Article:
By Lily Donnelly, Travel Editor
The Croft Magazine//When one is faced with forty-eight hours in a city à la Richard Ayoade, one must make their plans wisely. Hustling around a bustling city can very easily take all of the fun out of a holiday, and its toll on you along with it - something I tried to avoid on my recent escapade in Barcelona.
Primer día/day one: Gothic Quarter
Morning: head to Black Remedy in the Gothic Quarter for a rather British-style brunch, choosing between avocado and feta on toast, breakfast bowls adorned with fresh fruit and yoghurt, or a simple croissant. Sip your much-needed coffee without sinking too far into your industrial-chic seat before diving deeper into the district.
Be sure not to mistake the Arco di Triunfo for an ‘Eiffel tower’ in Vegas kind of affair.
Afternoon: once you’ve covered the perimeter of the Cathedral and ambled along La Rambla, one of Barcelona’s most famous streets connecting the Plaça de Catalunya to Port Vuell, it’s already time for a luncheon.
This very street boasts La Boqueria, an internationally acclaimed food market that is bound to tantalise all taste buds. El mercado is brought to life by vibrant fruits and vegetables, the churning of fresh churros and a chaos that reminds you that you’re truly on the continent.
Perch yourself on a bar stool at one of the dozen tapas bars whilst you indulge in freshly grilled octopus and patatas bravas washed down by çerveza and/or sangria.
Still not full? Grab a ready-made snack pack of Spanish ham and cheese, and some supplies for your hold luggage whilst you’re at it.
Evening: when dusk rolls around, and you can’t face the bus ride up to Park Guell, a solution waits for you just around the corner. Hop in the lift at El Corte Inglese and take in the panorama on the 5th (?) floor where you’ll be able to see the mosaic of Plaça de Catalunya in its full trampled-by-tourist glory.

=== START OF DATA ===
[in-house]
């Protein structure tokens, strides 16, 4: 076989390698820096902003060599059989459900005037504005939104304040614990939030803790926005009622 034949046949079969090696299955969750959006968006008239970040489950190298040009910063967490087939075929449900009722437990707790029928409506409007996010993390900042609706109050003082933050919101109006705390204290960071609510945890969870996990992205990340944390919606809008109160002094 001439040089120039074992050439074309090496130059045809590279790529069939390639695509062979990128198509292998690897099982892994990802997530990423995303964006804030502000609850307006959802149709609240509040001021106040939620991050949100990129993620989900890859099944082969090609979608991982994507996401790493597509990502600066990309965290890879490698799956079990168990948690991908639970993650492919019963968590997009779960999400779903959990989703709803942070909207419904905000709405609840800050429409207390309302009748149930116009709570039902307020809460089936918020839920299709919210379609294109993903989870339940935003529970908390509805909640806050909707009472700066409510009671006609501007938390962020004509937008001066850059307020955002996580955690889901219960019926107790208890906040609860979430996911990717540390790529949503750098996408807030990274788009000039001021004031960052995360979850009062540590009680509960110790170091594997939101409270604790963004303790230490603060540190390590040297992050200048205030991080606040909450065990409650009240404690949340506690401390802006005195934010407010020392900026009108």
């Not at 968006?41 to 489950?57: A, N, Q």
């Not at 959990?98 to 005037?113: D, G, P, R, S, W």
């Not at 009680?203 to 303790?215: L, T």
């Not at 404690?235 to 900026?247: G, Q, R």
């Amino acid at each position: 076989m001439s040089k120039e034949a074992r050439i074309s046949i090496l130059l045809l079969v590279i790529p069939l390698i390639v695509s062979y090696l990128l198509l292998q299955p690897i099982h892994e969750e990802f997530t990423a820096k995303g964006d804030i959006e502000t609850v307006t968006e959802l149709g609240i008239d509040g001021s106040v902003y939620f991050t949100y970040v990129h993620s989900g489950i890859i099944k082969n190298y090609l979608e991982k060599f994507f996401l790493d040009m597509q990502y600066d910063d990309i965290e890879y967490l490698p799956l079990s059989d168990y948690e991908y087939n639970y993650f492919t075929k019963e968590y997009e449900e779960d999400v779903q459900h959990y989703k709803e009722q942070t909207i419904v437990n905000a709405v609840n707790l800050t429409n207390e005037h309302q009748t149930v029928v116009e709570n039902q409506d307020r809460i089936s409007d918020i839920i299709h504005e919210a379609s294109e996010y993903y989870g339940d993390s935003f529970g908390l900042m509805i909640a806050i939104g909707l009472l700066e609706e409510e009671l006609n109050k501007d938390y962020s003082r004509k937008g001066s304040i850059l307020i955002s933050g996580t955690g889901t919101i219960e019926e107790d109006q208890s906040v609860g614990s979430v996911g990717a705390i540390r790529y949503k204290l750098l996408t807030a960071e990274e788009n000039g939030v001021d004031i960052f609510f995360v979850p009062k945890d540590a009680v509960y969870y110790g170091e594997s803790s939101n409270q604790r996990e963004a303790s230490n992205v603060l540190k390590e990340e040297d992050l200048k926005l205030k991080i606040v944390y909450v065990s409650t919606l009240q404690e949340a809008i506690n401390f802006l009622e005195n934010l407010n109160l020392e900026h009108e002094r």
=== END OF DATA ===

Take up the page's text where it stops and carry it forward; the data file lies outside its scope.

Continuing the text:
Then, whilst you wonder back to your abode, call into Oasis on Plaça del Regomir and watch the Spanish life pass by underneath the setting of the Mediterranean sun. Surrounding you are endless restaurants perfuming the streets with the smell of paella, so either stay here for dinner or stumble into a tapas bar - the night is yours.
Seguendo día/day two: El Born
Morning: you’ve woken up early to make the most of your last day, so a hearty breakfast and heftier coffee are in order. Today’s choice is Alsur Café with a near ineffable breakfast menu that leaves me with no choice but to direct you to their Instagram page. The café-come-bar finds itself in El Born, the once up-and-coming neighbourhood that now boasts some of the best haunts in town.
Situated just a short walk away from Parc de la Ciutadella where you can find Spain’s answer to the Arc de Triomph, bring a book and a blanket with you for a mid-afternoon lie down. Be sure not to mistake the Arco di Triunfo for an ‘Eiffel tower’ in Vegas kind of affair.
...[it] was the best tapas I've ever had and it wasn't even bloody Spanish
Afternoon: it’s time for a culture fix. Conveniently, the Picasso museum awaits you back in El Born, and offers a 50% student discount on admission. With 4251 pieces to feast your eyes on, trawling through the collections at Museu Piccasso is bound to work up an appetite that you can quash with a coffee and a cake in Bar El Born. Holidays are hard work, after all.
Evening: I implore you to go to Mosquito, quite literally around the corner from Alsur, to indulge in Asian Tapas. Controversial though it may be, this was the best tapas I’ve ever had and it wasn't even bloody Spanish. The crispy duck, fish cakes, prawn dumplings and beef gyoza were admittedly too much food for two people, but dishes worth licking clean anyway.
If pho takes more of your fancy, pop here for lunch instead. Whether the sun is up or down, be sure to get there early – with a no reservation policy, the tables are hot property. Prop yourself up in a jazz bar afterwards, but remember that you have a flight to catch in the morning.
Featured image: Epigram / Lily Donnelly
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